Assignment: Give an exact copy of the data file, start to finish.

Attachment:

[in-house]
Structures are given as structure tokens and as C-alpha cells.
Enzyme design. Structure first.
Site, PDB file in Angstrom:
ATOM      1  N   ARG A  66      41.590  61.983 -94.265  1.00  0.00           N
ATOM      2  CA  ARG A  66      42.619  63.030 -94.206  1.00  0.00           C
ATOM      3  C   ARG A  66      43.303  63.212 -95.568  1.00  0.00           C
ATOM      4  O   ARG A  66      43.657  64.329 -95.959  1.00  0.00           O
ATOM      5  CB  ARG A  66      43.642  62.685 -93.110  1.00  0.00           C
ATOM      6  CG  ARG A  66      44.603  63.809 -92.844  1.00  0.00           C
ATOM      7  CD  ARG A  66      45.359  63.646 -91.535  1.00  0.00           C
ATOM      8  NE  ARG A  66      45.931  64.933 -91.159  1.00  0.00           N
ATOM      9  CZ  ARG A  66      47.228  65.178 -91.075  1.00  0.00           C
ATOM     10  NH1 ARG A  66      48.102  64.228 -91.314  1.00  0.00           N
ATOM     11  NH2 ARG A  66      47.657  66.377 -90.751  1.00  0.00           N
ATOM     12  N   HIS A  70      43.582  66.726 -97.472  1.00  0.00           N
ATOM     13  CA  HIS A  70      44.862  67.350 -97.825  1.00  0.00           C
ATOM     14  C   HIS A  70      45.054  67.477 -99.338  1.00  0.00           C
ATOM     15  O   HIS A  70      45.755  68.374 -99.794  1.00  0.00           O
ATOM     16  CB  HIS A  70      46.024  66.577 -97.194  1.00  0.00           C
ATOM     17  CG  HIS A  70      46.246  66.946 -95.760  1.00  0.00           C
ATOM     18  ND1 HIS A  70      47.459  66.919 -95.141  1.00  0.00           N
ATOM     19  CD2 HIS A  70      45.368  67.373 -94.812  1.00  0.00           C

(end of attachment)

[in-house]
Structures are given as structure tokens and as C-alpha cells.
Enzyme design. Structure first.
Site, PDB file in Angstrom:
ATOM      1  N   ARG A  66      41.590  61.983 -94.265  1.00  0.00           N
ATOM      2  CA  ARG A  66      42.619  63.030 -94.206  1.00  0.00           C
ATOM      3  C   ARG A  66      43.303  63.212 -95.568  1.00  0.00           C
ATOM      4  O   ARG A  66      43.657  64.329 -95.959  1.00  0.00           O
ATOM      5  CB  ARG A  66      43.642  62.685 -93.110  1.00  0.00           C
ATOM      6  CG  ARG A  66      44.603  63.809 -92.844  1.00  0.00           C
ATOM      7  CD  ARG A  66      45.359  63.646 -91.535  1.00  0.00           C
ATOM      8  NE  ARG A  66      45.931  64.933 -91.159  1.00  0.00           N
ATOM      9  CZ  ARG A  66      47.228  65.178 -91.075  1.00  0.00           C
ATOM     10  NH1 ARG A  66      48.102  64.228 -91.314  1.00  0.00           N
ATOM     11  NH2 ARG A  66      47.657  66.377 -90.751  1.00  0.00           N
ATOM     12  N   HIS A  70      43.582  66.726 -97.472  1.00  0.00           N
ATOM     13  CA  HIS A  70      44.862  67.350 -97.825  1.00  0.00           C
ATOM     14  C   HIS A  70      45.054  67.477 -99.338  1.00  0.00           C
ATOM     15  O   HIS A  70      45.755  68.374 -99.794  1.00  0.00           O
ATOM     16  CB  HIS A  70      46.024  66.577 -97.194  1.00  0.00           C
ATOM     17  CG  HIS A  70      46.246  66.946 -95.760  1.00  0.00           C
ATOM     18  ND1 HIS A  70      47.459  66.919 -95.141  1.00  0.00           N
ATOM     19  CD2 HIS A  70      45.368  67.373 -94.812  1.00  0.00           C